Reach for my gun
Whenever I hear the word ‘pedagogy’, like Goebbels, I want to reach for my gun. The language of learning is a mishmash of backward-looking classical, industrial and behaviourist terms, but this is the one that masks an uncomfortable truth. Pedagogy means the ‘science of teaching’ but science is rarely a guiding hand in teaching. More often than not, so-called ‘pedagogy’ is a hotchpotch of confused practice. When you see genuinely efficient teaching, the usual sign being n attentive, engaged, note-taking or active learners, it contrasts wildly with the commonly observed inattentive, disengaged, no- note-taking, inactive (or active in the wrong way) learners.
Pedagogy – the science of teaching
If you want a heavy dose of how unscientific pedagogic talk can be I refer you to the journals Radical pedagogy and Pedagogy, Culture & Society. Here you’ll find evidence-free content of such mind blowing banality that you really will wonder whether teaching can survive the onslaught of non-empirical and faddish thought.
For a sobering account of educational research, I recommend James Tooley’s Educational Research: A Critique, commissioned by Ofsted. It was written some time ago, but not much has changed. It’s a worrying read, or as Tooley says in the Foreward ‘a pretty grim business’. Tooley studied 41 articles across four academic journals and judged them on the quality of their empirical research and within this quantitative and qualitative evidence, with a stress on sample size and the objectivity of the researchers.
What did he find? Most of the papers were of unacceptable quality. He found an abundance of subjectivity, with mostly content taken from secondary sources without citing the primary source. Much of it was ‘second rate’ .... irrelevant to classroom practice and caught up in arcane disputes’. It reminded me of the permanent secretary who famously described the then Department for Education and Schools’ as a ‘knowledge-free zone’.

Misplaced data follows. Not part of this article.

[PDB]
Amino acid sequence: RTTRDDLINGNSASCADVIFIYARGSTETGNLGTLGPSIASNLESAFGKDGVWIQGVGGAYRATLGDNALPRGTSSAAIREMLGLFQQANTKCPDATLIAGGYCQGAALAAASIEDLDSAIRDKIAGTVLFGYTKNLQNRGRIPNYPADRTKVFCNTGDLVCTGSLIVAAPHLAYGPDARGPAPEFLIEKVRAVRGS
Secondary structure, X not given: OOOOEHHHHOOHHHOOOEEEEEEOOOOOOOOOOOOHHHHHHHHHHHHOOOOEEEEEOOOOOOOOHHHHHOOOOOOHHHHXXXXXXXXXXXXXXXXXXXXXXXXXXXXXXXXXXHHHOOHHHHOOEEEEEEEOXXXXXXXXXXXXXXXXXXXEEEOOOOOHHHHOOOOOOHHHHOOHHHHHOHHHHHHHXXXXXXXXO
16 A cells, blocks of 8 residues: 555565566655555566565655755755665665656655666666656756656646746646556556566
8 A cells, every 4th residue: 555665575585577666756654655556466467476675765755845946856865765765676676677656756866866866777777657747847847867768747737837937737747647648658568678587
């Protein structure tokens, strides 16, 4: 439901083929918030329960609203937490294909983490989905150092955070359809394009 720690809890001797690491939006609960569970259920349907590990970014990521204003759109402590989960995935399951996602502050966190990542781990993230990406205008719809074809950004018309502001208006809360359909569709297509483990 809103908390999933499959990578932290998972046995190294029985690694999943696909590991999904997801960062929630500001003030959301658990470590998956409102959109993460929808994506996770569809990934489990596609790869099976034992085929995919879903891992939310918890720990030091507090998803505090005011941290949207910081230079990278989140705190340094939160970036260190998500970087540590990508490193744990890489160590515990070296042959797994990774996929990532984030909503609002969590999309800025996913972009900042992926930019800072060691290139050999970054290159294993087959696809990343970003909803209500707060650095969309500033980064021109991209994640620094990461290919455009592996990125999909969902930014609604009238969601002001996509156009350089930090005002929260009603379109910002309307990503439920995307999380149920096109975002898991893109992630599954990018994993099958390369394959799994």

Seeds of its own destruction
The word ‘pedagogy’ contains the seeds of its own destruction, as the ‘science of teaching’ is hopelessly lopsided if it is not rooted in learning. By side-stepping the real science in the psychology of learning it simply observes one-sided practice. This is not a bad thing in itself, if it is done well, but let’s not pretend that it is anything like a full picture. It’s like a cricket writer writing only about bowling, never batting or fielding (in US pitching in baseball without batting and fielding).
The consequences for the use of technology in this one-eyed view of learning, is that teacherless interventions are not taken seriously. It is assumed that teaching is a necessary condition for learning – but let’s be crystal clear on this - it’s not. The vast majority of actual learning takes place WITHOUT teaching. Teaching can induce good learning but it is not a NECESSARY condition for learning. Most pedagogic theorising assumes it does.
I’d much rather redefine pedagogy as ‘the science of teaching and/or learning’. This really would allow us to develop more radical pedagogies. Actually it may in the end be better to abandon the word altogether. How far could a radical pedagogy go? Let’s imagine we had no existing infrastrucure or practice. Working up from ground zero I’d put forward two sets of ideal features for an optimal pedagogy:
Seven cognitive features:
Achieves high levels of psychological attention
Avoids cognitive overload
Allows efficient encoding into long-term memory
Provides opportunity for spaced practice
Results in efficient recall from memory
Results in the competent application of that learning
Promotes further autonomous learning
Seven practical features:
Accessible – when learners want and need it
Flexible – in a practical format for that learner
Self-paced – matches speed of learner
Personal – suited to that person’s needs
Repeatable – caters for repeated experience
Scalable – available to large numbers of learners
Cheap – cost must be kept low
Traditional teaching rarely achieves many of these fourteen goals. This is simply how it is, it is not an attack on the professionalism or abilities of teachers themselves, it’s simply a losing battle when the cohorts are up, to 30 or more. The basic model– the classroom – is a busted flush.
Teacher pedagogies are difficult to pin down as they are mediated by real people, who have their foibles. Any pedagogic practice is subject to the personality and capabilities of the teacher. If we can develop and capture pedagogies that disintermediate teachers this must be to the benefit of learners and learning. This is a big ask, but it’s one worth pursuing.